Saranggani Representative and iconic boxing champion Manny Pacquiao appeared on GMA-7’s early evening news the other night in his latest incarnation—as religious preacher. Seated in the audience was no less than the president and CEO of the TV station in which he hosts a show, lawyer Felipe Gozon. The boxer-congressman-media star and celebrity endorser paced the stage like a televangelist-on-training, diffidently reading and interpreting biblical verses projected on a screen. He wore a chastened look, a stark contrast to the mean and taut face he carries into the boxing ring. He seemed sincerely lost in awed contemplation of ancient passages, even as he eagerly drew from the well of what sounded like a conversion experience.
Yet, one can’t help wondering what this is about. The very public way in which the congressman chooses to reflect on what is supposed to be a profoundly personal transformation provokes skepticism. He is quick to explain this by saying that the Lord is wise to employ celebrities like him to endorse the way of faith. That is a fitting line to enunciate in this season of Lent. But it really tells us more about the ways of our celebrity-crazed society than about the meaning of Christ’s way.
The way of the early Christians was to withdraw from the public eye precisely because they believed that the ideal of holiness was best realized when they avoided the spotlight. Such a community, writes Hannah Arendt, “has to do its work in hiding, because to be seen and heard inevitably takes on the glow of appearance in which all holiness—no matter how hard it tries not to—instantly becomes hypocrisy.”
The retreat from the “public-political arena” did not mean withdrawal from human affairs. The Christian community understood Christ’s message as a mandate to claim the terrain of interpersonal relationships by living the way of neighborly love. Indeed, Mathew (6: 1-6) lays down a rigorous set of rules that enjoin the Christian from beholding or advertising his good deeds. “But when you do merciful deeds, don’t let your left hand know what your right hand does, so that your merciful deeds may be in secret, then your Father who sees in secret will reward you openly.”
It is inevitable, however, that the space carved by the faithful in society will itself become public and open, and therefore potentially political. St. Augustine, above all, recognized this, and, instead of turning away from politics, he sought to influence politics in order to build the “city of God” in this world. Still, the Christian message remained: Even as faith must influence the secular public realm, care must be taken so that the space in which the faithful assemble does not itself become a place for display and appearances. This double task has not at all been easy for the Church to maintain. A religion that seeks to mould politics opens itself to a politics that rides on religion. This is what happened throughout the Middle Ages.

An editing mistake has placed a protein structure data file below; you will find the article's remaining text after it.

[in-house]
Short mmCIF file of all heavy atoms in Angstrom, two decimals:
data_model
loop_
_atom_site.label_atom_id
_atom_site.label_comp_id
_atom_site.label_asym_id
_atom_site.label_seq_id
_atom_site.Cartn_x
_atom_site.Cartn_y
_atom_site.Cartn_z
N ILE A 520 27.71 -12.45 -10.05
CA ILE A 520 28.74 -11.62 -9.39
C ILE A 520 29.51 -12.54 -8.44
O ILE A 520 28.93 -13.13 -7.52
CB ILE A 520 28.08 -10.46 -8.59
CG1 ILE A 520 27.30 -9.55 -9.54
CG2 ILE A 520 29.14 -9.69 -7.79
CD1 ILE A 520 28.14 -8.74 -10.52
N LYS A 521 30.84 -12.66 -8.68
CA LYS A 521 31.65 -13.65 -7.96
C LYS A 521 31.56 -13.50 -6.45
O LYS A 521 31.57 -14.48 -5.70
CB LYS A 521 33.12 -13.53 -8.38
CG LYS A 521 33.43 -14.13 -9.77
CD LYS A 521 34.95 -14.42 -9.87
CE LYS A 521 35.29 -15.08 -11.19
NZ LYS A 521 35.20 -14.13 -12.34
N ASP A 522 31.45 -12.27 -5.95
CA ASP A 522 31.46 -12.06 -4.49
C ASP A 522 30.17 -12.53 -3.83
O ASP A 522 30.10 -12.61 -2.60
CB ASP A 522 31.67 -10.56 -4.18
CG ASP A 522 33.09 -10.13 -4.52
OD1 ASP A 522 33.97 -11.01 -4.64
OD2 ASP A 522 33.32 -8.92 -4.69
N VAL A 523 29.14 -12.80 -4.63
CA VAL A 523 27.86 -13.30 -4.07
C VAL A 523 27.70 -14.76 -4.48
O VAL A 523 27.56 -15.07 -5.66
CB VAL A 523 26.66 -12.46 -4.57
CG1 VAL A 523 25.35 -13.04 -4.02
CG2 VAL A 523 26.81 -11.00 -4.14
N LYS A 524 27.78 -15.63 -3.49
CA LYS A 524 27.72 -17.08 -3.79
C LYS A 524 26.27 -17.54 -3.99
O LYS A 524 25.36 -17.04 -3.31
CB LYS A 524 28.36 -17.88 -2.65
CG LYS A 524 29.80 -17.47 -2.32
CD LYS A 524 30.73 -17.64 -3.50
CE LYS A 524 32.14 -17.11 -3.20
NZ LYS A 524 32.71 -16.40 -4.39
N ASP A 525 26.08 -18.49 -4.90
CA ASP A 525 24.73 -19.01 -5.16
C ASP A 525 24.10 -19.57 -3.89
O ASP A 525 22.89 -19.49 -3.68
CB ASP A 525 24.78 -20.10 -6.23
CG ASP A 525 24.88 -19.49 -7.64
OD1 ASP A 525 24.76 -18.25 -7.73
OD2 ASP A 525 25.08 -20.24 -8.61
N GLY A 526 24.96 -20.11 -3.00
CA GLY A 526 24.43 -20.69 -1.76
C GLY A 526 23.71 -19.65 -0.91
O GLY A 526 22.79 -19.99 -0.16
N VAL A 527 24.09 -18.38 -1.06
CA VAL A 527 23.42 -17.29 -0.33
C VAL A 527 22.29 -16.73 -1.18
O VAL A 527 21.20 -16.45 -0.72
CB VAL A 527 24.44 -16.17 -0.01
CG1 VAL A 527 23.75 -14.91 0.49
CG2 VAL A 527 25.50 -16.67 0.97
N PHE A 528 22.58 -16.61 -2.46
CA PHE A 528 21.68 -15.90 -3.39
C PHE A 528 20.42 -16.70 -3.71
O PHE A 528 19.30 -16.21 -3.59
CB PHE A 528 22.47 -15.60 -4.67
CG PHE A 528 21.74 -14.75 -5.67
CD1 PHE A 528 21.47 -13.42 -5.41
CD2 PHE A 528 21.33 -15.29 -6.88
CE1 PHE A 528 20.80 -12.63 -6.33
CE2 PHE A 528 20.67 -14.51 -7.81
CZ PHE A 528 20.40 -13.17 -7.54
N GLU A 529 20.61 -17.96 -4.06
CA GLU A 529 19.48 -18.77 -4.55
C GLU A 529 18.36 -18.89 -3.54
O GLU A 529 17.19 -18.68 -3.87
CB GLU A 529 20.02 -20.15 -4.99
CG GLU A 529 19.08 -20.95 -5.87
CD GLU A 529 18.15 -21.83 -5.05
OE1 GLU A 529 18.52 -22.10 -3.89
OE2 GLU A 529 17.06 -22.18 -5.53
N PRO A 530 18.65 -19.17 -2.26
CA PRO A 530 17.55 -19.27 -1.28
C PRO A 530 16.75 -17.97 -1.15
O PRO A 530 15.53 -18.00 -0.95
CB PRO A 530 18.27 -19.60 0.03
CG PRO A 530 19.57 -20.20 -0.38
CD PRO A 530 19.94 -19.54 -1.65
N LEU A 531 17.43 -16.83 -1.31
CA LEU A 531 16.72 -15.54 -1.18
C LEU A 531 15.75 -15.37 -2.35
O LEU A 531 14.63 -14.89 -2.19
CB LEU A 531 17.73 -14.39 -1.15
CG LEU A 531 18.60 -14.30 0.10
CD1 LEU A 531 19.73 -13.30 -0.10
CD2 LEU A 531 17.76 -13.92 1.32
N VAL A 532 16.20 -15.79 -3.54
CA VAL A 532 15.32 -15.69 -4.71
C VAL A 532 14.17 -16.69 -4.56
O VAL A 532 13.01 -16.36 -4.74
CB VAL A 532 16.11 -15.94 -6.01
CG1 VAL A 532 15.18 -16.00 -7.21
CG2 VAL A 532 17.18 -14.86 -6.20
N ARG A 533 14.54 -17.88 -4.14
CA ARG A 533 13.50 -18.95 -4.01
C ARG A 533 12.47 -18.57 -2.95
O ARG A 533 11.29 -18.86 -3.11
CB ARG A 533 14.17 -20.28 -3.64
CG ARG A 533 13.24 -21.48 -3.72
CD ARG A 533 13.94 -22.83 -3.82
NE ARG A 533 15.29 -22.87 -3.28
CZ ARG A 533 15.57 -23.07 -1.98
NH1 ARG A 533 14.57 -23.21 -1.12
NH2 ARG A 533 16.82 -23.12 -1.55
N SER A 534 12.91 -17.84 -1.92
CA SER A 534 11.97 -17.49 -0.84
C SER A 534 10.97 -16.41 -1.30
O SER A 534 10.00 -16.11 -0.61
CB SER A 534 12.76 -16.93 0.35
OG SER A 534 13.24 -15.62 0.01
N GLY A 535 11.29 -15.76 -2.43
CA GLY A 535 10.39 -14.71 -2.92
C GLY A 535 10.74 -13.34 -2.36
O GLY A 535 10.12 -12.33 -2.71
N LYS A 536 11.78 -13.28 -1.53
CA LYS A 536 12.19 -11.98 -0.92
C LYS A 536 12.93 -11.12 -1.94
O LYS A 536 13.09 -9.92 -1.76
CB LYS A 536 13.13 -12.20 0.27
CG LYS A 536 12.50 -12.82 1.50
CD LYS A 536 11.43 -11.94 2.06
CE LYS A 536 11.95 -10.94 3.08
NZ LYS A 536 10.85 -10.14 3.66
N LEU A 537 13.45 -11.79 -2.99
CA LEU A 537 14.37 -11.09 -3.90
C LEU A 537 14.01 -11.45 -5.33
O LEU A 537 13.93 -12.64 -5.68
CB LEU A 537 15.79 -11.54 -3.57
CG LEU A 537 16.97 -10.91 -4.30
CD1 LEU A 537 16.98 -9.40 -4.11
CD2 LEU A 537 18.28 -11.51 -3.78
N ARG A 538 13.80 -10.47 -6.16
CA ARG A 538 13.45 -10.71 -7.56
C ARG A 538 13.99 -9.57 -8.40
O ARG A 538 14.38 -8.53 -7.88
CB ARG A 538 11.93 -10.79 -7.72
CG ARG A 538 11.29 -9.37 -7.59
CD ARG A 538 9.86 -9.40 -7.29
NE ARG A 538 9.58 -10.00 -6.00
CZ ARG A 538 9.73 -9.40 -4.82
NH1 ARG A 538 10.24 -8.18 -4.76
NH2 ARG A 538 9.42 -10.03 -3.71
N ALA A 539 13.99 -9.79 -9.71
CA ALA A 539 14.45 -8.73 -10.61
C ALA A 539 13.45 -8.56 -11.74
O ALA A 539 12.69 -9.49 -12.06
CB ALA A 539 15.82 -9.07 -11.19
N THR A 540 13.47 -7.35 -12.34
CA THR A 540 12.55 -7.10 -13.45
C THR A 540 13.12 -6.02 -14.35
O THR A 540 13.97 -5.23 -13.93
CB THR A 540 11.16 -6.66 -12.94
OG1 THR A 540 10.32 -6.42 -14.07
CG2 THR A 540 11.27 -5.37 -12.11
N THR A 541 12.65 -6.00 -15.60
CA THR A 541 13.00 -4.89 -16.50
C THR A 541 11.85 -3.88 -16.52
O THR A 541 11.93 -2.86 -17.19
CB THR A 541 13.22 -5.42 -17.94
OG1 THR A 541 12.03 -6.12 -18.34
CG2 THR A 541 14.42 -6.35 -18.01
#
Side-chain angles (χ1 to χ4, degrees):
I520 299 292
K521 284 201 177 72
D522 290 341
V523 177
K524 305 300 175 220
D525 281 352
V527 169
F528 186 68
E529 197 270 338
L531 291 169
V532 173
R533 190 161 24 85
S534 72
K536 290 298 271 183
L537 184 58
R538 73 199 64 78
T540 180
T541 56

In her wonderful book, “The Promise of Politics,” Arendt sums it up very well: “The Church needed politics, both the worldly politics of secular powers and religiously oriented politics within its own ecclesiastical realm, in order to be able to maintain itself on earth and assert itself in this world…. And politics needed the Church—not just religion, but also the tangible, spatial existence of religious institutions—in order to prove its higher justification and legitimation.” But, all this came to an end with the Reformation. In the modern period, religion withdrew from the public sphere to become, in William James’ memorable words, “what one does with one’s solitude.”
Some say the privatization of faith, as anticipated by secularization theories, was never fully achieved. Be that as it may, one cannot help but marvel at the way faith is publicly displayed today in American politics. One of the top contenders for the Republican Party presidential nomination, Rick Santorum, told an ABC television program audience: “I don’t believe in an America where the separation of church and state is absolute. The First Amendment means the free exercise of religion and that means bringing people and their faith into the public square.” In calling for a “family values-oriented” society, Santorum opposes same-sex marriage, contraception, pornography, etc. juxtaposing these with pedophilia and bestiality. He has been quoted as saying that the spread of liberalism and moral relativism in the Catholic Church has been responsible for the many cases of child and sexual abuse committed by priests.
Is it farfetched to think that Pacquiao is being styled this early as the Filipino Santorum? Whoever cooked this up is thinking strategically. For there is no doubt that the Pacman is looking towards a full-time career in politics once he retires from boxing, which may be sooner than his fans imagine. Born in December 1978, he will only be 34 in May 2013, a few months short of the minimum age for senators, and only 37 in 2016, not old enough to run for president. He may run for governor of his province next year and win handily. Given his name recall, he could become a senator in 2016. But, for someone with his ambition, the presidency is the ultimate destination.
What to do to stay in the limelight in the next 10 years is the big challenge. Joseph “Erap” Estrada showed it could be done. Winning a senate seat in 1987, he went on to claim the presidency 11 years later, using a political network woven from the strands of his iconic status as a movie hero. But he didn’t have the Church on his side. Pacquiao is blazing a new path by adding religion to the two spaces—show biz and politics—that he already occupies. That is worth watching. One can only hope the faith community is going into this with open eyes.